Chancellor Philip Hammond has commissioned the Office of Tax Simplification (OTS) to review the UK’s inheritance tax (IHT) regime, and outline ways in which the tax can be simplified.
In a letter to Angela Knight, Chair of the OTS, and its Tax Director, Paul Morton, the Chancellor acknowledged that the existing IHT regime is ‘particularly complex’.
He stated: ‘I would be most interested to hear any proposals you may have for simplification, to ensure that the system is fit for purpose and makes the experience of those who interact with it as smooth as possible.’
Mr Hammond suggested that the OTS’s review should focus on technical and administrative issues surrounding the tax, alongside practical issues related to estate planning and disclosure.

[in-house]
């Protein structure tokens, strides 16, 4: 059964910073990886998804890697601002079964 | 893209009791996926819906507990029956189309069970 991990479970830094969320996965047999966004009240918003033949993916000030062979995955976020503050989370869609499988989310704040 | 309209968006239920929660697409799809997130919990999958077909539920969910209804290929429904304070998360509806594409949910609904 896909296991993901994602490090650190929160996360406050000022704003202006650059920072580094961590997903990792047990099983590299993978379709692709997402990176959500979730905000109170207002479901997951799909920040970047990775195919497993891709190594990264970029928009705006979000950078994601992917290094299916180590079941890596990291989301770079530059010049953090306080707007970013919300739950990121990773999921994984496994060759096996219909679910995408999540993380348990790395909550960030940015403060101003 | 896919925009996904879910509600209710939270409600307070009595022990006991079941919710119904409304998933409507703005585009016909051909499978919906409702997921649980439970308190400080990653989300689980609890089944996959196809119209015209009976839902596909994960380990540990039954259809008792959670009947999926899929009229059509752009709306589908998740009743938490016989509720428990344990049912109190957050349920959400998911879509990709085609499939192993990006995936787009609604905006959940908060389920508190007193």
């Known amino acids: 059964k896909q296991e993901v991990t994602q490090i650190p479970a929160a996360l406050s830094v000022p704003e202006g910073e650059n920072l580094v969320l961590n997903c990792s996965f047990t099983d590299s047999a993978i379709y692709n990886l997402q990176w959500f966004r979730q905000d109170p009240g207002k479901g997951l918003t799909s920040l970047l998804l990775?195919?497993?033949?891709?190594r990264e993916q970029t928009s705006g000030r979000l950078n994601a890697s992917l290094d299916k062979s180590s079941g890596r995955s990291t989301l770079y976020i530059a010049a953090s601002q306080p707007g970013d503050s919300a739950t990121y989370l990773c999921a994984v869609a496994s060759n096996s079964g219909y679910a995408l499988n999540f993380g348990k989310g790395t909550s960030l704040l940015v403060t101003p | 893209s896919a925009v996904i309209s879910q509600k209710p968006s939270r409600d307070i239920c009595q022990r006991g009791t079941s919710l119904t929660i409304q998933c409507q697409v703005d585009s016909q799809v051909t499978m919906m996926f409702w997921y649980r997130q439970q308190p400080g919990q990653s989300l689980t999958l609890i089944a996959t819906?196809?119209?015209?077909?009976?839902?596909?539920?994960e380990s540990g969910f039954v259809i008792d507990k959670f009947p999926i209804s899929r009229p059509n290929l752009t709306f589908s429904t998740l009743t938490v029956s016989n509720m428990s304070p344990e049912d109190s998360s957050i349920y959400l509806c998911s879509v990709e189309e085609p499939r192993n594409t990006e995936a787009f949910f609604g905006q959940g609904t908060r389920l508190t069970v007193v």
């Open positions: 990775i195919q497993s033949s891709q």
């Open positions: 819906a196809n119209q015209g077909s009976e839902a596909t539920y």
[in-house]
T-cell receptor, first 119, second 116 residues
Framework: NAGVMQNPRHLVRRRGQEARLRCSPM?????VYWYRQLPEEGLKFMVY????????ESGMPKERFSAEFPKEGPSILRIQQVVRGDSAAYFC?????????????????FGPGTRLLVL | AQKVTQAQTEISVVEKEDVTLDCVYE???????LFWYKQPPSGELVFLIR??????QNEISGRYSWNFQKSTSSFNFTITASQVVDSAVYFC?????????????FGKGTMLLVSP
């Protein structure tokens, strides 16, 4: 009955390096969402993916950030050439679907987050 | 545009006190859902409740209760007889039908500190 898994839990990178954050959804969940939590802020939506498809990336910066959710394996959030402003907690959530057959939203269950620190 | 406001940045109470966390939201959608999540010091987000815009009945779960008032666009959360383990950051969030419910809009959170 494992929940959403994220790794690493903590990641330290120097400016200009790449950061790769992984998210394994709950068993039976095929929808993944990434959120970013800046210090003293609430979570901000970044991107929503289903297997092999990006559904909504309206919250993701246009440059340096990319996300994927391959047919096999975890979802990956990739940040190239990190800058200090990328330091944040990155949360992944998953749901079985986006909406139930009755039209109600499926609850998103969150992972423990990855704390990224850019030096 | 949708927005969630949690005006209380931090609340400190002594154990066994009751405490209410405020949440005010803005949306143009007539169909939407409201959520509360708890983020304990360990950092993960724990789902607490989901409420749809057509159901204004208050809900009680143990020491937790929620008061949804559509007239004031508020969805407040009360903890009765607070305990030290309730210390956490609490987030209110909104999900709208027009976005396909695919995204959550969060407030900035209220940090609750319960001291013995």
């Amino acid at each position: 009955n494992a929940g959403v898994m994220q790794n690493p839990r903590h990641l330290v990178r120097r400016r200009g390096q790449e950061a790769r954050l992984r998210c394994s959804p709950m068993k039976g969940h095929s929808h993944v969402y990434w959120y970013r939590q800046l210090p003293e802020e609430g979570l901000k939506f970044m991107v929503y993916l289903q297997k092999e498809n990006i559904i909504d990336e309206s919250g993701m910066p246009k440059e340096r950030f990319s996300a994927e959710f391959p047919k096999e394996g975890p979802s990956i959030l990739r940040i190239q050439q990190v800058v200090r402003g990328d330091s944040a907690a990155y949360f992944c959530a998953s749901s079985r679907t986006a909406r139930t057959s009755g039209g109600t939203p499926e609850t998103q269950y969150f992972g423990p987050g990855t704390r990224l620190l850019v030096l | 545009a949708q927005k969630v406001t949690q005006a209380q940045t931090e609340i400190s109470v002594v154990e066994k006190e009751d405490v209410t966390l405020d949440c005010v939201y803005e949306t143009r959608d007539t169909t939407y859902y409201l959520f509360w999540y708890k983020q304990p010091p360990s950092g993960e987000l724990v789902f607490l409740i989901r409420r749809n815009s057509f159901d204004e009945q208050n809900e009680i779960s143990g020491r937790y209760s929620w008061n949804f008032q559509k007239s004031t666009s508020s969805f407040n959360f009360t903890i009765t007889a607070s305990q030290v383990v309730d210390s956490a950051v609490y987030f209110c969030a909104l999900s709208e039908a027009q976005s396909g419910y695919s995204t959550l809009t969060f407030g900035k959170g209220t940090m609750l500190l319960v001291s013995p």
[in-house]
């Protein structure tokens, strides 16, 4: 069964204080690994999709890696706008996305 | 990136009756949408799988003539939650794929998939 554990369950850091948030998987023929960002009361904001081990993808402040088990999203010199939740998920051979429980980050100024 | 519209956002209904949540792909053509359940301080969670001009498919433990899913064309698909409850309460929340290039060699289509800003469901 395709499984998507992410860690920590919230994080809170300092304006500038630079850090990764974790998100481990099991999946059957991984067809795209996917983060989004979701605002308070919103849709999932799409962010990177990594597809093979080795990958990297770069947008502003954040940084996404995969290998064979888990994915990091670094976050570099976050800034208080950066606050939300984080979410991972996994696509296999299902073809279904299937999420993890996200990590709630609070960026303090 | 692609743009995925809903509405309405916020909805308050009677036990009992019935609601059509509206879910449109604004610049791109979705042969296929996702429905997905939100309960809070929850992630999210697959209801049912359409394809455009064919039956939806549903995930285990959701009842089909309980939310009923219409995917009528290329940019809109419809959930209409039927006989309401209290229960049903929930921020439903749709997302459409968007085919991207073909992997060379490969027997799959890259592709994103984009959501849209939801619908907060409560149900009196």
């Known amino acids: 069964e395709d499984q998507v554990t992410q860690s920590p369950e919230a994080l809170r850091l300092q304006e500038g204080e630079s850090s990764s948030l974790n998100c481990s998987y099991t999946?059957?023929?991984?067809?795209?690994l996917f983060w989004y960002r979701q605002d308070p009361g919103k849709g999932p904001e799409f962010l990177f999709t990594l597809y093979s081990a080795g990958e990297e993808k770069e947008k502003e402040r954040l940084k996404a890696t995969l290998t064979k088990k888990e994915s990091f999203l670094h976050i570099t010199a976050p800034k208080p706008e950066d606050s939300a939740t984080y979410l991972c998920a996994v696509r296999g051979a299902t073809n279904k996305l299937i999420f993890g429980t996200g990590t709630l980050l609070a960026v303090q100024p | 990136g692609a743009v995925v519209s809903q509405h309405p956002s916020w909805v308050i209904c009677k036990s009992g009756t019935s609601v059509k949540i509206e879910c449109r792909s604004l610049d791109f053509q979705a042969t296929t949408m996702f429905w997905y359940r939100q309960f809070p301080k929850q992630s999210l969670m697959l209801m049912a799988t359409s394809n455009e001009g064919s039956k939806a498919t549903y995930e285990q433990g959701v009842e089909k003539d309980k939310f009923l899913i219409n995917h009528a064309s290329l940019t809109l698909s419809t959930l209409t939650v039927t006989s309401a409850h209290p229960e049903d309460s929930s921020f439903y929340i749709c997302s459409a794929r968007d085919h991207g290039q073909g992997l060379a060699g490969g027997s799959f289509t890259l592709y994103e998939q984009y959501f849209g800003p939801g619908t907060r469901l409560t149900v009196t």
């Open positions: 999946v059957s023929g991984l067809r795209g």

The review should also examine how existing gifts rules interact with the IHT system, and look at whether the current rules cause taxpayers to rethink their decisions in regard to transfers and investments, said the Chancellor in his letter.
IHT is currently charged at 40% on the proportion of an individual’s estate exceeding the ‘nil-rate band’ of £325,000. The residence nil-rate band (RNRB) also applies in addition to the nil-rate band, meaning that a family home can be passed wholly or partially tax-free on death to direct descendants, such as a child, grandchild, step-child, adopted child or fostered child.
A scoping document for the review into IHT will be published ‘in due course’, the OTS said.